Hulk (ship)
A hulk is a ship
Since the end of the age of sail a ship has been any large buoyant marine vessel. Ships are generally distinguished from boats based on size and cargo or passenger capacity. Ships are used on lakes, seas, and rivers for a variety of activities, such as the transport of people or goods, fishing,...

 that is afloat, but incapable of going to sea. Although sometimes used to describe a ship that has been launched but not completed, the term most often refers to an old ship that has had its rigging
Rigging is the apparatus through which the force of the wind is used to propel sailboats and sailing ships forward. This includes masts, yards, sails, and cordage.-Terms and classifications:...

 or internal equipment removed, retaining only its flotational qualities. The word "hulk" is also used as a verb: a ship is "hulked" to convert it to a hulk.

Although the term "hulk" can be used to refer to an abandoned wreck or shell, it is much more commonly applied to hulls that are still performing a useful function. In the days of sail, many hulls served longer as hulks than they did as functional ships. Wooden ships were often hulked when the hull structure became too old and weak to withstand the stresses of sailing (i.e. their planking would admit too much water when moving in rough seas).

More recently, ships have been hulked when they become obsolete (e.g., when motorized ships replaced sailing ships) or when they become uneconomical to operate (e.g., some large oil tankers.)

Sheer hulk

A sheer hulk (or shear hulk), in the days of sailing ship
Sailing ship
The term sailing ship is now used to refer to any large wind-powered vessel. In technical terms, a ship was a sailing vessel with a specific rig of at least three masts, square rigged on all of them, making the sailing adjective redundant. In popular usage "ship" became associated with all large...

s, was used in shipbuilding and repair as a floating crane
Crane vessel
A crane vessel, crane ship or floating crane is a ship with a crane specialized in lifting heavy loads. The largest crane vessels are used for offshore construction. Conventional monohulls are used, but the largest crane vessels are often catamaran or semi-submersible types as they have increased...

, primarily to place the lower mast
Mast (sailing)
The mast of a sailing vessel is a tall, vertical, or near vertical, spar, or arrangement of spars, which supports the sails. Large ships have several masts, with the size and configuration depending on the style of ship...

s of a ship under construction or repair. The masts of the hulk (known as sheers
Sheers are a form of two-legged lifting device, that were used by sailboats and dockyards for tasks such as lifting masts and heavier parts of the rigging on board....

) would be at an angle, and the ends could be effectively raised or lowered by rotating the hulk's hull, either by pulling on ropes attached to the hull, or by shifting the ballast
Sailing ballast
Ballast is used in sailboats to provide moment to resist the lateral forces on the sail. Insufficiently ballasted boats will tend to tip, or heel, excessively in high winds. Too much heel may result in the boat capsizing. If a sailing vessel should need to voyage without cargo then ballast of...

 within the hull. The lower masts were the largest and most massive single timbers aboard a ship, and erecting these masts was extremely difficult without the assistance of either a sheer hulk or land-based masting sheer
Masting sheer
A masting sheer, sheers, shears or masting crane is a specialised shipyard crane, intended for placing tall masts onto large sailing ships...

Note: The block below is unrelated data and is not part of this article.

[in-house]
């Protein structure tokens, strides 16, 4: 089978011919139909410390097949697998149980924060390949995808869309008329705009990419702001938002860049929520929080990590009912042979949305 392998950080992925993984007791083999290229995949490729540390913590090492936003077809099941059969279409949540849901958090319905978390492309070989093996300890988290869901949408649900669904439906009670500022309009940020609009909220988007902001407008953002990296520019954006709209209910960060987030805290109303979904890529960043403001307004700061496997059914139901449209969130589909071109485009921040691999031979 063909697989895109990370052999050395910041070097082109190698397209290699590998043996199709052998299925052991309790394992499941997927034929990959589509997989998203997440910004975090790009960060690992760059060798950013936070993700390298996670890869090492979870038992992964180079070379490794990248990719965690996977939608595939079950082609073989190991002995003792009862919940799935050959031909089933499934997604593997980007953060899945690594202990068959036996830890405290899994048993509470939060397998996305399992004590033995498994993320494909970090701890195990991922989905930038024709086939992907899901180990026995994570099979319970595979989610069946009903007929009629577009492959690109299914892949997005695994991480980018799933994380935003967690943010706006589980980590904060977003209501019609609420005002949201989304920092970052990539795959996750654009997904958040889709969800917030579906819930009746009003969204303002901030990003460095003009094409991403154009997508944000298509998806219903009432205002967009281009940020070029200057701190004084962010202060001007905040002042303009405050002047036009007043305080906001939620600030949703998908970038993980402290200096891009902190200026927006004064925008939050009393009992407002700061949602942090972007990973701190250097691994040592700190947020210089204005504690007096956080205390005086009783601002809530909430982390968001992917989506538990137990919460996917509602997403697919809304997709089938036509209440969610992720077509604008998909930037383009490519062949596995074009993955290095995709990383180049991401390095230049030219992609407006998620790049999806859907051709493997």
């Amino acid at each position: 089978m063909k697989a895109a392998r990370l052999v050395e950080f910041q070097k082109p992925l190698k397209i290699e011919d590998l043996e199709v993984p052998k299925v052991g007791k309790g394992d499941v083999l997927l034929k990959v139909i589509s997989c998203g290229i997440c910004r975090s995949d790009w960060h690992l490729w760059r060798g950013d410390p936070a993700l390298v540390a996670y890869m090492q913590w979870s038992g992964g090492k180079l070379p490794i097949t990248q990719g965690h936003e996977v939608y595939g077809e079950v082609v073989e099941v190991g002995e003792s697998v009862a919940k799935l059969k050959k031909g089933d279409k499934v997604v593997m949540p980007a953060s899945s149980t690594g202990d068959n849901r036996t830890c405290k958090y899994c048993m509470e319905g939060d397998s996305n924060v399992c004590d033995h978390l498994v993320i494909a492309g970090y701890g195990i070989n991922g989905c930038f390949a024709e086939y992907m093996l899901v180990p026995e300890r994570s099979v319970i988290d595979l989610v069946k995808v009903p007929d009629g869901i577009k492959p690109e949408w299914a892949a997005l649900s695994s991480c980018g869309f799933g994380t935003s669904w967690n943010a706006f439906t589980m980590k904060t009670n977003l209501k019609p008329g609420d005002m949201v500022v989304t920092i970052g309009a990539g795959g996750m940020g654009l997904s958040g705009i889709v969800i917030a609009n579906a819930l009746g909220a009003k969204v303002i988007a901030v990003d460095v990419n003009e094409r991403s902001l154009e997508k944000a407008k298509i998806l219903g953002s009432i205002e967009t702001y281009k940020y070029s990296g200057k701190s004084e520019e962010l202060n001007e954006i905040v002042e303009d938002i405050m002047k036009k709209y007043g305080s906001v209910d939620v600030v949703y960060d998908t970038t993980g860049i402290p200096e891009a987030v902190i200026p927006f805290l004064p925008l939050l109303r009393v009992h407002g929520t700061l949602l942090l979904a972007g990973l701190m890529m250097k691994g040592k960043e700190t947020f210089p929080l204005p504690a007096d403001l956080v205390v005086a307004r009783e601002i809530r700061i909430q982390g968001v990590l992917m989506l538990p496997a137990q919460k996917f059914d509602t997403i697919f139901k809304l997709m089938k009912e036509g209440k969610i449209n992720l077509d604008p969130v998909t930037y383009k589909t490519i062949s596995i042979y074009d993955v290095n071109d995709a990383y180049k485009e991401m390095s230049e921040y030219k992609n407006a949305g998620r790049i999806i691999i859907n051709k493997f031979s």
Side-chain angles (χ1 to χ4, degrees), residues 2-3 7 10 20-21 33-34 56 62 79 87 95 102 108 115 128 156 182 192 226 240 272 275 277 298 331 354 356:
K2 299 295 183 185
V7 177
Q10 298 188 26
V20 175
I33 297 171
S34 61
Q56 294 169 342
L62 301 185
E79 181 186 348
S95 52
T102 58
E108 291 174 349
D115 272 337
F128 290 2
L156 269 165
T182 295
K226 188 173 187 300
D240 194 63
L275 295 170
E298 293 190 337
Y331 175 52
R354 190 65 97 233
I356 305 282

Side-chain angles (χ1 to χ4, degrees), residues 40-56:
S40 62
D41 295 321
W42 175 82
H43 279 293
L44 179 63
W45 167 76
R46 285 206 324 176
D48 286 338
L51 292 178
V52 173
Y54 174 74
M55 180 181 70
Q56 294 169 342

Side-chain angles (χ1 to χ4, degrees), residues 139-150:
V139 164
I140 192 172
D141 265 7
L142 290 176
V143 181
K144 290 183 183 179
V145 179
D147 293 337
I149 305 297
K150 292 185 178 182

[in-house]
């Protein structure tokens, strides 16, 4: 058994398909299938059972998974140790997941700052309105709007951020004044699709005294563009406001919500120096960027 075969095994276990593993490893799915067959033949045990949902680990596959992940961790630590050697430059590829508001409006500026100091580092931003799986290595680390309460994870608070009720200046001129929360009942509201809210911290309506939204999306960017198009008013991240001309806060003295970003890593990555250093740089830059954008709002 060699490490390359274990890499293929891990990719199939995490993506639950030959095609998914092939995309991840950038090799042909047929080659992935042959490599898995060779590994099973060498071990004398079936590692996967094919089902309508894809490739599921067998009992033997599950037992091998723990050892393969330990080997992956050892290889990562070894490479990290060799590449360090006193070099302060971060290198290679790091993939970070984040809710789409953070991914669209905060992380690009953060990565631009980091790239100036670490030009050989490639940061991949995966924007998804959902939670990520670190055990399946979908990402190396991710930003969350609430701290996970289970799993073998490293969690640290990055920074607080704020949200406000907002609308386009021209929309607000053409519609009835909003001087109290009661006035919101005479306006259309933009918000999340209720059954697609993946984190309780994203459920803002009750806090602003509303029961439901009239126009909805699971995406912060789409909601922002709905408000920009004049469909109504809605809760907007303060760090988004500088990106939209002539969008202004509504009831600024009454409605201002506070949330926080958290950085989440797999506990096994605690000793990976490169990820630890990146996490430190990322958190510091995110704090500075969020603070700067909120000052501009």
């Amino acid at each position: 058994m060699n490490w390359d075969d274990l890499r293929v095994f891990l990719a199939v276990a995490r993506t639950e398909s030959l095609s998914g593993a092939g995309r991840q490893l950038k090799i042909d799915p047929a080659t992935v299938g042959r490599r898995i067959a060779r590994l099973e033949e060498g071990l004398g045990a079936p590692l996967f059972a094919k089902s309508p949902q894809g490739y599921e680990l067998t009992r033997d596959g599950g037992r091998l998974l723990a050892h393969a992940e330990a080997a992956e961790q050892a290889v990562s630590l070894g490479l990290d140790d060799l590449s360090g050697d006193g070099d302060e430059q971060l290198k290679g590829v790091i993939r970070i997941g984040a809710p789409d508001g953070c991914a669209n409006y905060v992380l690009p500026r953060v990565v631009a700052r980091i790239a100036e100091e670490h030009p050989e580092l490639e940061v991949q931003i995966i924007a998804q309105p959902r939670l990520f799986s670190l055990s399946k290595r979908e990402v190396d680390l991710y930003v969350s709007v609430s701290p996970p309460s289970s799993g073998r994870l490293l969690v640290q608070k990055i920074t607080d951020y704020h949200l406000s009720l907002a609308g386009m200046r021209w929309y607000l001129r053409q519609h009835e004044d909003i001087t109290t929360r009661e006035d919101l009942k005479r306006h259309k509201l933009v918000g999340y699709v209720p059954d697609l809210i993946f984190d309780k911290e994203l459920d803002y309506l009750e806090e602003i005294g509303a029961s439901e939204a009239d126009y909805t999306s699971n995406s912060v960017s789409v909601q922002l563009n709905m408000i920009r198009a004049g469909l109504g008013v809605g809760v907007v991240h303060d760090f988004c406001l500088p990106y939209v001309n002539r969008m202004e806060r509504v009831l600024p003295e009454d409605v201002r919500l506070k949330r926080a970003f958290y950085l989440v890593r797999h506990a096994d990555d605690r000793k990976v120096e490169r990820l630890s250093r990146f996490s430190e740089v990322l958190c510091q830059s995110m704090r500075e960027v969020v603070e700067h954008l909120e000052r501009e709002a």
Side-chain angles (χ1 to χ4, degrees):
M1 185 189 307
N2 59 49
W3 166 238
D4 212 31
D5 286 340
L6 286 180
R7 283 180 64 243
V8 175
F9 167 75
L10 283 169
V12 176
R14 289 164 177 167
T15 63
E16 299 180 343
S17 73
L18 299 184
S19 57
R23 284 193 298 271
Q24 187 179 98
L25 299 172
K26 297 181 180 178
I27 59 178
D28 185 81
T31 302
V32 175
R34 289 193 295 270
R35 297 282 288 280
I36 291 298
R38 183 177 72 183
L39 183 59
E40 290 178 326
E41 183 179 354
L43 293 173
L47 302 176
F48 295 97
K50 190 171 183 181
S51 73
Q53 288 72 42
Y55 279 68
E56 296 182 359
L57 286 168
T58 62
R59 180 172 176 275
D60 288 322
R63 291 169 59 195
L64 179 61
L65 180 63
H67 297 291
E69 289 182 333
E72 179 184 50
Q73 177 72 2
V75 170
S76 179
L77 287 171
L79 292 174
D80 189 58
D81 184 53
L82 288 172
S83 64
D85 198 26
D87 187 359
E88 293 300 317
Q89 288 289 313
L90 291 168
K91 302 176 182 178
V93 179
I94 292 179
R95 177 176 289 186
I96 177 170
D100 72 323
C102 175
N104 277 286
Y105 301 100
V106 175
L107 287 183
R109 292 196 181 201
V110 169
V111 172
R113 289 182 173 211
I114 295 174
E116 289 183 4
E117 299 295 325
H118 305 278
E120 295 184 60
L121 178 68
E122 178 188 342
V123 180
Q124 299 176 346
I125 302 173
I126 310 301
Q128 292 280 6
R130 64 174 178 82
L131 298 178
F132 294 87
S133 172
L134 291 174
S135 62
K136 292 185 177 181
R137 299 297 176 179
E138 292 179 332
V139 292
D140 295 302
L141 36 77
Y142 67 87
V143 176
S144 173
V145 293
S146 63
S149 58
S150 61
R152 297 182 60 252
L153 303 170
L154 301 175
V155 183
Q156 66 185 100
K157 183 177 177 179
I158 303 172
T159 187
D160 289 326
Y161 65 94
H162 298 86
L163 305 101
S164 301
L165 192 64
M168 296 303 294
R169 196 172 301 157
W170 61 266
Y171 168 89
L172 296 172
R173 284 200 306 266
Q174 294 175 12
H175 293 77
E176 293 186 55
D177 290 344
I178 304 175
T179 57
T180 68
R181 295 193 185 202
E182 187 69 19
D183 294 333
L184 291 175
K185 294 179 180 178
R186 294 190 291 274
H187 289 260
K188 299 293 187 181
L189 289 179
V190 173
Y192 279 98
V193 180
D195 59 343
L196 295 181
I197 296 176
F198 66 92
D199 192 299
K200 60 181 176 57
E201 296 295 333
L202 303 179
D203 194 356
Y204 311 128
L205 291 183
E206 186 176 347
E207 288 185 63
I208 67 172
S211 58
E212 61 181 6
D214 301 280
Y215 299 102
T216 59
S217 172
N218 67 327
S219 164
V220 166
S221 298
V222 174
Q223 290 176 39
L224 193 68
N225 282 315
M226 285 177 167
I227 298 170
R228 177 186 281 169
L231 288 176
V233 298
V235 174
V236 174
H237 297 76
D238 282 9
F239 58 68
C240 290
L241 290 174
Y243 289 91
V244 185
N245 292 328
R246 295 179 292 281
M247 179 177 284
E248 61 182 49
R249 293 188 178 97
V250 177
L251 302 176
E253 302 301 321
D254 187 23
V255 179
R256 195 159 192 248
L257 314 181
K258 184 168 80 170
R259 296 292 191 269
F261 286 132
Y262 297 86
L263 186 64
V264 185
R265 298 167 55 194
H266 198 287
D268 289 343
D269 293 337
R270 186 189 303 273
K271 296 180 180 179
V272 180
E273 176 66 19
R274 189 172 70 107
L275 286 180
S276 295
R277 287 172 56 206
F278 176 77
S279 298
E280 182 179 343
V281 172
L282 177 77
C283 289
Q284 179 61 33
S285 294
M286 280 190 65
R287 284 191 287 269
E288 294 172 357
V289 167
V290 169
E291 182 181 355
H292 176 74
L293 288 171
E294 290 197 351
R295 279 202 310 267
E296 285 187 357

Accommodation hulk

An accommodation hulk is a hulk used as housing, generally when there is a lack of quarters available ashore. An operational ship may be used for accommodation, but a hulk can accommodate more personnel than the same hull would accommodate as a functional ship. For this role, the hulk is often extensively modified to improve living conditions. Receiving hulks and prison hulks are specialized types of accommodation hulks. During World War II, purpose-built barracks ship
Barracks ship
Barracks ship or barracks barge are terms used to indicate a ship or a non-self-propelled barge containing a superstructure of a type suitable for use as a temporary barracks for sailors. A barracks ship may also be used as a "Receiving Unit" for sailors who need temporary residence prior to being...

s were used in this role.

Receiving hulk

A receiving ship is a ship
Since the end of the age of sail a ship has been any large buoyant marine vessel. Ships are generally distinguished from boats based on size and cargo or passenger capacity. Ships are used on lakes, seas, and rivers for a variety of activities, such as the transport of people or goods, fishing,...

 that is used in harbor to house newly recruited sailor
A sailor, mariner, or seaman is a person who navigates water-borne vessels or assists in their operation, maintenance, or service. The term can apply to professional mariners, military personnel, and recreational sailors as well as a plethora of other uses...

s before they are assigned to a crew.

In the Royal Navy
Royal Navy
The Royal Navy is the naval warfare service branch of the British Armed Forces. Founded in the 16th century, it is the oldest service branch and is known as the Senior Service...

, the use of impressment
Impressment, colloquially, "the Press", was the act of taking men into a navy by force and without notice. It was used by the Royal Navy, beginning in 1664 and during the 18th and early 19th centuries, in wartime, as a means of crewing warships, although legal sanction for the practice goes back to...

 to collect sailors resulted in the problem of preventing escape of the unwilling "recruits." The receiving ship was part of the solution; it was difficult to get off the ship without being detected, and in any case most sailors before the mid-19th century did not know how to swim.

Receiving ships were typically older vessels that could still be kept afloat, but were obsolete or no longer seaworthy. The practice was especially common in the age of wooden ships, since the old hulls would remain afloat for many years in relatively still waters after they had become too weak to withstand the rigors of the open ocean.

Receiving ships often served as floating hospitals as many were assigned in locations without shore-based station hospitals. Often the afloat surgeon would take up station on the receiving ship.

Prison hulk